Since his death in 2002, baseball legend Ted Williams has been stored in a 10-foot-tall, stainless steel container at Alcor Life Extension Foundation in Arizona, the world's largest cryonics facility. His head is reportedly being stored in a separate container.
But the story doesn't end there. After his death, the famous slugger became embroiled in a rather bizarre custody battle. His daughter, Bobby-Jo Williams Ferrell, fought in court to get her father's body back so that she could have him cremated and his ashes sprinkled over the Florida Keys, which she claims was his wish. She accused her half-brother John-Henry Williams of wanting to preserve their father's body so that he could cash in on his famous DNA. But John Henry and his sister Claudia said they had signed a pact with their father in 2000 promising to have all of their remains frozen. The three siblings finally reached a settlement: Ted Williams was allowed to stay where he was, and John-Henry promised not to sell any of his father's DNA.
Has Anyone Been Preserved Using Cryonics?
Dozens of people are being stored in cryonic facilities. Probably the most famous of them is baseball legend Ted Williams (see below). But no one has actually been revived, because the technology to do so still does not exist.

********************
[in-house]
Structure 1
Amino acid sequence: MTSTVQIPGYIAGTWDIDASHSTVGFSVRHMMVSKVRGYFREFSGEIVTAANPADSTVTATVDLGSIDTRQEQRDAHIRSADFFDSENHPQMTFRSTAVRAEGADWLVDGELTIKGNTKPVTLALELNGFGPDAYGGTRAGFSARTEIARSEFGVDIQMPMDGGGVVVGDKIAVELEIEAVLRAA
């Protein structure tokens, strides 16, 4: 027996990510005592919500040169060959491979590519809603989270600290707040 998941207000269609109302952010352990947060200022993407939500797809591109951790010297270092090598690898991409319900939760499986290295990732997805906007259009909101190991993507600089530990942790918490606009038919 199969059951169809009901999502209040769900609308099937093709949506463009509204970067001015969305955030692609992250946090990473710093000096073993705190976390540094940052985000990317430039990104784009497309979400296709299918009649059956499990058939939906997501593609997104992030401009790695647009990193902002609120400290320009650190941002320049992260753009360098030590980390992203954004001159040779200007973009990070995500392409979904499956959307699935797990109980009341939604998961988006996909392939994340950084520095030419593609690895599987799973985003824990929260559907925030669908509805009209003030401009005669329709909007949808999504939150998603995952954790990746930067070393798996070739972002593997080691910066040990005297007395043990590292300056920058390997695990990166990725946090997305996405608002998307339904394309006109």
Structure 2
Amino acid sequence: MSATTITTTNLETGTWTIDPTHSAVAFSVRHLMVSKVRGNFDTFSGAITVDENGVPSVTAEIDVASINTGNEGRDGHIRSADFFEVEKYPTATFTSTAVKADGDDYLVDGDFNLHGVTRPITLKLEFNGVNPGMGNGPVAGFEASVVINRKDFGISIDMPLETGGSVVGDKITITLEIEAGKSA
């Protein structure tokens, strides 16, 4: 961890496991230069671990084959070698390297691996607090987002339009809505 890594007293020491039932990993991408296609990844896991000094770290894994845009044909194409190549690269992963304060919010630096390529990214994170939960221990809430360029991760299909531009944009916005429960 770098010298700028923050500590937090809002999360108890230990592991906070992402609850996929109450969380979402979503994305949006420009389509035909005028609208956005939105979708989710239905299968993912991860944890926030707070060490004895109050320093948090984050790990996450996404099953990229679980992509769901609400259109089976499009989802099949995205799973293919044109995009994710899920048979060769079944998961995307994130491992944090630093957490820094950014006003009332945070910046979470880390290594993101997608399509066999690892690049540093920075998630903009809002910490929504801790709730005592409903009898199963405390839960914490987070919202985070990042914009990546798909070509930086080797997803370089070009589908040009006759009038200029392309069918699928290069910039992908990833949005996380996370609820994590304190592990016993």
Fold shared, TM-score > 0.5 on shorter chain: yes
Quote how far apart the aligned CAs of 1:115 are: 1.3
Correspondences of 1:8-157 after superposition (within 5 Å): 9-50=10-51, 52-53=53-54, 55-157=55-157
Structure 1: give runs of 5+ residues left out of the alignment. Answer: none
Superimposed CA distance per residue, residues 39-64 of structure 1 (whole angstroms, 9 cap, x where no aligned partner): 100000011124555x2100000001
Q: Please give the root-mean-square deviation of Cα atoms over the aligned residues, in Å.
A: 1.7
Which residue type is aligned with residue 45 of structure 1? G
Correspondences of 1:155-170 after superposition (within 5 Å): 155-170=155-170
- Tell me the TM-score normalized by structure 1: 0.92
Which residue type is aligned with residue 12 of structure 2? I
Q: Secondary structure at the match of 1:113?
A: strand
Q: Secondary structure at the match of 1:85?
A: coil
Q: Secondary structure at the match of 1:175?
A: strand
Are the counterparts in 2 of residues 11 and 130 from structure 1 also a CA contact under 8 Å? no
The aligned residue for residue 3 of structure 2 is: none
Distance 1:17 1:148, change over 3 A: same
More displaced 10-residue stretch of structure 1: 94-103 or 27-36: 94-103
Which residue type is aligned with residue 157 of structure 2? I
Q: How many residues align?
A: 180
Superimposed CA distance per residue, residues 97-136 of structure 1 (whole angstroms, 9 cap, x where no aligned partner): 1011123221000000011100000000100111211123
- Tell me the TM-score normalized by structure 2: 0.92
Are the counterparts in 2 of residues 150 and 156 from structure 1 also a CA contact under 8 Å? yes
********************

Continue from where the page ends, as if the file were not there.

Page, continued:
Critics say companies that perform cryonics are simply bilking people out of their money with the promise of an immortality they cannot deliver. Even scientists who perform cryonics say they haven't successfully revived anyone -- and don't expect to be able to do so in the near future. One of the problems is that, if the warming process isn't done at exactly the right speed, the cells could turn to ice and shatter.
Even though people in cryonic suspension haven't yet been revived, living organisms can be -- and have been -- brought back from a dead or near-dead state. Defibrillators and CPR bring accident and heart attack victims back from the dead on an almost daily basis. Neurosurgeons often cool patients' bodies so they can operate on aneurysms -- enlarged blood vessels in the brain -- without damaging or rupturing them. Human embryos that are frozen in fertility clinics, defrosted and implanted in a mother's uterus grow into perfectly normal human beings.
Cryobiologists are hopeful that a new technology called nanotechnology will make revival a reality someday. Nanotechnology uses microscopic machines to manipulate single atoms -- the tiniest units of an organism -- to build or repair virtually anything, including human cells and tissues. The hope is that, one day, nanotechnology will repair not only the cellular damage caused by the freezing process, but also the damage caused by aging and disease. Some cryobiologists predict that the first cryonic revival might occur somewhere around the year 2040.